He couldn’t answer the question; he had no theories. A small dribble of sweat rolled down his forehead, to his cheek, and fell to the earth. Mirdur’eth grumbled and neighed gently. Then a strong hand gripped his shoulder and he found himself being yanked out of the dark, away from the street, and into Bourlinch’s home. The door slammed violently, knocking some things from the walls.
The arm tossed him to the ground and he looked up into the raging face of Darl.
“What the hell are you doing?” Darl said, raising his hand. “No, don’t speak. You know better than to be out. I don’t want to hear your excuses either!”
“Sorry,” James said distantly, lying. He wanted to say something else, but bit his tongue.
Pea woke with a start from the commotion and so did Bourlinch, both making a disturbingly wet gurgling noise as they broke away from slumber and nearly choked on drool.
“Pea,” Darl said in reprimand, “I have much higher expectations of you.”
“What happened?” Pea said, clearly disoriented.
“He was out.”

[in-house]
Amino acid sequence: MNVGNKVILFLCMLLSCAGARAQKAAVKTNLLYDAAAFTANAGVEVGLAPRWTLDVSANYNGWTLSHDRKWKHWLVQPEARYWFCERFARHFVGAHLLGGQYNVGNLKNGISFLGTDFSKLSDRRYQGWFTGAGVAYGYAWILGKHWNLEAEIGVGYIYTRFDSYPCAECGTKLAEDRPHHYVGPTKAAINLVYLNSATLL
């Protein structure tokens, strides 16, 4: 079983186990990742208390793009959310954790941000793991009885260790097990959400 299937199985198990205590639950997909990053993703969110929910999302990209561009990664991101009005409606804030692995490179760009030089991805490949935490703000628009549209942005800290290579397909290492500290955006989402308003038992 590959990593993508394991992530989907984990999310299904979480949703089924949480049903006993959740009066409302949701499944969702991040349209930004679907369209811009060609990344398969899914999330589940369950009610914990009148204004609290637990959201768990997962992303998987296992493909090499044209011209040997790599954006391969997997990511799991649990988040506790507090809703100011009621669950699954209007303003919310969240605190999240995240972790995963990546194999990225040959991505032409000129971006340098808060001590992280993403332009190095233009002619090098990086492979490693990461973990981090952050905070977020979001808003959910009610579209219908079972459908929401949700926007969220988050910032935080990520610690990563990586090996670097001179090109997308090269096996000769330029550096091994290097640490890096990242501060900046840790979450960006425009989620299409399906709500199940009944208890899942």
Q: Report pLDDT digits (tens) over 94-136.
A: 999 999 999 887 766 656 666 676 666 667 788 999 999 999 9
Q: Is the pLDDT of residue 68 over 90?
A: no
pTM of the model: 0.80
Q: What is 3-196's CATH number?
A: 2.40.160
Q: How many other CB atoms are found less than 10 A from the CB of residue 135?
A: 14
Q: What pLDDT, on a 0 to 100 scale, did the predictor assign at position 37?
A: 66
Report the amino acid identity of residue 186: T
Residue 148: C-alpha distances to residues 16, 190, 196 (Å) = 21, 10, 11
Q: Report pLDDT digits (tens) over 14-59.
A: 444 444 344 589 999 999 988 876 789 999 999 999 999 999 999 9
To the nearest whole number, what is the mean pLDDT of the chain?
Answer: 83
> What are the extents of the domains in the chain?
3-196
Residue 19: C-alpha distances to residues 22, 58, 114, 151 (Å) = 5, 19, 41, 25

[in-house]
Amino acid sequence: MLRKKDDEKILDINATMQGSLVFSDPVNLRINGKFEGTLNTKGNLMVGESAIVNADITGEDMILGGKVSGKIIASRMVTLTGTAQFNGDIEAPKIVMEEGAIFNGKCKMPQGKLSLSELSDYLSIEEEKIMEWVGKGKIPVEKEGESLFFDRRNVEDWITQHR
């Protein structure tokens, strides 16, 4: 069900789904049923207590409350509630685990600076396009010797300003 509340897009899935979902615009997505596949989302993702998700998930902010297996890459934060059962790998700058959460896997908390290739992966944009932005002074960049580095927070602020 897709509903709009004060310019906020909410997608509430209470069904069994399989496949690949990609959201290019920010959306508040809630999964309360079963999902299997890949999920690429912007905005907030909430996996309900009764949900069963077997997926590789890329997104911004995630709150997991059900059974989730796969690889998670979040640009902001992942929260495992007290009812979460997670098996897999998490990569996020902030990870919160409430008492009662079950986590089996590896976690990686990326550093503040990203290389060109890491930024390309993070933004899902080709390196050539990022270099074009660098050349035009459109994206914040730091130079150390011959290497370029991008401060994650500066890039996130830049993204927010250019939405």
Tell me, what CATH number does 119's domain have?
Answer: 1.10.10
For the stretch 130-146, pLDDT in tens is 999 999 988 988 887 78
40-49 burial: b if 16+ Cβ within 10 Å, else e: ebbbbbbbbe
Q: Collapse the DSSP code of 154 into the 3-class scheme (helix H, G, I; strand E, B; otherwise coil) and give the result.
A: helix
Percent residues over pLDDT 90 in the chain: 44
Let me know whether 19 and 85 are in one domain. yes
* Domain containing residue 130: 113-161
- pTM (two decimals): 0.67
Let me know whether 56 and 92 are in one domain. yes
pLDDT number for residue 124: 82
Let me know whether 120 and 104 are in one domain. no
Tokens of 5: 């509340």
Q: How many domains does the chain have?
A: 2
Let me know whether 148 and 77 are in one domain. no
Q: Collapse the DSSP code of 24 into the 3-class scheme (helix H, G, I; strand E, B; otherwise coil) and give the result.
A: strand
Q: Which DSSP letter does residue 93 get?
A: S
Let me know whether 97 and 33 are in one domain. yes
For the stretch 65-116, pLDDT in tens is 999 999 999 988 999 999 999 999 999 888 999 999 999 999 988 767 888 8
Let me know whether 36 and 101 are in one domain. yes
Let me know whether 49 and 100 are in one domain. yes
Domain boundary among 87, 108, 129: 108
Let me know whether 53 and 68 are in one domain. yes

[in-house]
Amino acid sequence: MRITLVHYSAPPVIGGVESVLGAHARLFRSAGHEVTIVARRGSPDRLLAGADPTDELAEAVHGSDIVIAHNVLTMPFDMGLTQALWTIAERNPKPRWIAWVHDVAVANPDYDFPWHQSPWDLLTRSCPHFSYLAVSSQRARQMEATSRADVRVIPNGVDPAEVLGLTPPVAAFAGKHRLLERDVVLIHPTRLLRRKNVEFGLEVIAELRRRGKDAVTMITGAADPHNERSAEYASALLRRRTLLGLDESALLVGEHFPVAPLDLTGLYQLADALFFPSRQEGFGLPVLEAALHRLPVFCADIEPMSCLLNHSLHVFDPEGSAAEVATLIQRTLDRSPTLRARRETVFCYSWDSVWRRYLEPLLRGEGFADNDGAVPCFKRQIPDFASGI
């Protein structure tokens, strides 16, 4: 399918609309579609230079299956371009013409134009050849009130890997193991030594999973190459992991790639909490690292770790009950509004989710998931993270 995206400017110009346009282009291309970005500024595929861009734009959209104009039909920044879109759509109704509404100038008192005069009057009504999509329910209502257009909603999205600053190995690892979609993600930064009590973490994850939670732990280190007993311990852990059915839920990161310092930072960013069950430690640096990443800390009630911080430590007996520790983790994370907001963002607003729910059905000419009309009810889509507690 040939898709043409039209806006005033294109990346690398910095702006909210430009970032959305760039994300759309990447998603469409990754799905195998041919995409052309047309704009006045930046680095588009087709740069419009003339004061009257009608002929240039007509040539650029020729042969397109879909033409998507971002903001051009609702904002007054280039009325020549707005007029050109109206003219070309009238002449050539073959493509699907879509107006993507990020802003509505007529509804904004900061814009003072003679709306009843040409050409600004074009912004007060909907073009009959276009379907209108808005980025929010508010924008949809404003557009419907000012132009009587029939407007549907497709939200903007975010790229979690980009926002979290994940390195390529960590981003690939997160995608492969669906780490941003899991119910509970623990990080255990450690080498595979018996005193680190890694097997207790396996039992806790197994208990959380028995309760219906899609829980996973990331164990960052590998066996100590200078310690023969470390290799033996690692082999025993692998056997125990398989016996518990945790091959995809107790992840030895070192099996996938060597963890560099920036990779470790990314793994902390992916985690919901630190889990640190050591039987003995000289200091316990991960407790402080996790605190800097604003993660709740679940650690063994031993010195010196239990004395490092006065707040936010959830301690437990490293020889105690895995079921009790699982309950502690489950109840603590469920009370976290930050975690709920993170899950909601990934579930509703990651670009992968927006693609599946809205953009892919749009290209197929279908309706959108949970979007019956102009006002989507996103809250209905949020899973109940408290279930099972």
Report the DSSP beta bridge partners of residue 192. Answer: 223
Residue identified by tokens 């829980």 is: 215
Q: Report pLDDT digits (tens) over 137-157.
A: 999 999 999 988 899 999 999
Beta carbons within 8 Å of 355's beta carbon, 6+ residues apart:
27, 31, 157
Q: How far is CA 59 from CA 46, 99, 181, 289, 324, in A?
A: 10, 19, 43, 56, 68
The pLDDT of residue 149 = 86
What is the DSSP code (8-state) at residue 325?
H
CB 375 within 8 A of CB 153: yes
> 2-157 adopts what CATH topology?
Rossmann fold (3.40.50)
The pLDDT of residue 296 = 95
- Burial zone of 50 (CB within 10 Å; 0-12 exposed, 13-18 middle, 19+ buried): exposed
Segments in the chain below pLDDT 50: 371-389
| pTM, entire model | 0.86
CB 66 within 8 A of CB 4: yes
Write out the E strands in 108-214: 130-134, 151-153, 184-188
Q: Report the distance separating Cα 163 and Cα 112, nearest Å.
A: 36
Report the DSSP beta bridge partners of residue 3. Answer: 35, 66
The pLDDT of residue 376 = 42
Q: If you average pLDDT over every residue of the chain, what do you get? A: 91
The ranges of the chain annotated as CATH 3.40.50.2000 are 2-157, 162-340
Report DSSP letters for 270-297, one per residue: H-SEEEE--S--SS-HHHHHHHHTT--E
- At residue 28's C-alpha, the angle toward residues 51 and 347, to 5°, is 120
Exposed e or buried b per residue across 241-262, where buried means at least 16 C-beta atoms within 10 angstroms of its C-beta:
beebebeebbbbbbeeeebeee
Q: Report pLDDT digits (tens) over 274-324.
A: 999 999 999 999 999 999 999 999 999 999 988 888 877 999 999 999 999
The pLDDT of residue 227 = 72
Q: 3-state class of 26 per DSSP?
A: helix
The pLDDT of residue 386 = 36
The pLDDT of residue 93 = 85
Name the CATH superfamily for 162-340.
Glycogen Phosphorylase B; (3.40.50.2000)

“Out where?”
“Outside you idiot. Wake up!”
“Darl calm down,” Triska said.
“I won’t calm down. Not now, and not ever. He’s jeopardizing this entire operation. He’s going to get us all caught and killed and I damn well will not calm down and take it. We’re risking our lives to save his pathetic friend.”
“Don’t!” James had had enough. He raised his hand and felt magic coursing through his veins. “Don’t you ever talk about her like that again!” He wanted so desperately to fling Darl into the wall, to show Darl how strong he had become, to put real fear into the old man. But he didn’t. Instead he lowered his arm and let the magic roll back. “Go home if you don’t want to help me anymore. I don’t care. I’m tired of being treated like this. I’m tired of seeing the way you all look at me. It’s like the first time when you all learned what I was. I can’t take it. I didn’t ask for this. I didn’t ask to have my best friend brought here or for Luthien to destroy your lives or mine. I want to save my friend. That’s all. And if you all share the same sentiments as Darl, then leave! I don’t care. Not anymore. I’ll die if I have to. I will. But I will save Laura.”
“You’re a fool,” Darl said, turning on his heel and storming to the other side of the room.
“Then go, Darl! Go off and do whatever it is you want. You didn’t have to come…” He let his voice trail off, realizing that he was yelling too loud and with too much emotion. His entire body shook with it.
Triska watched him with a worried expression; Pea and Iliad too.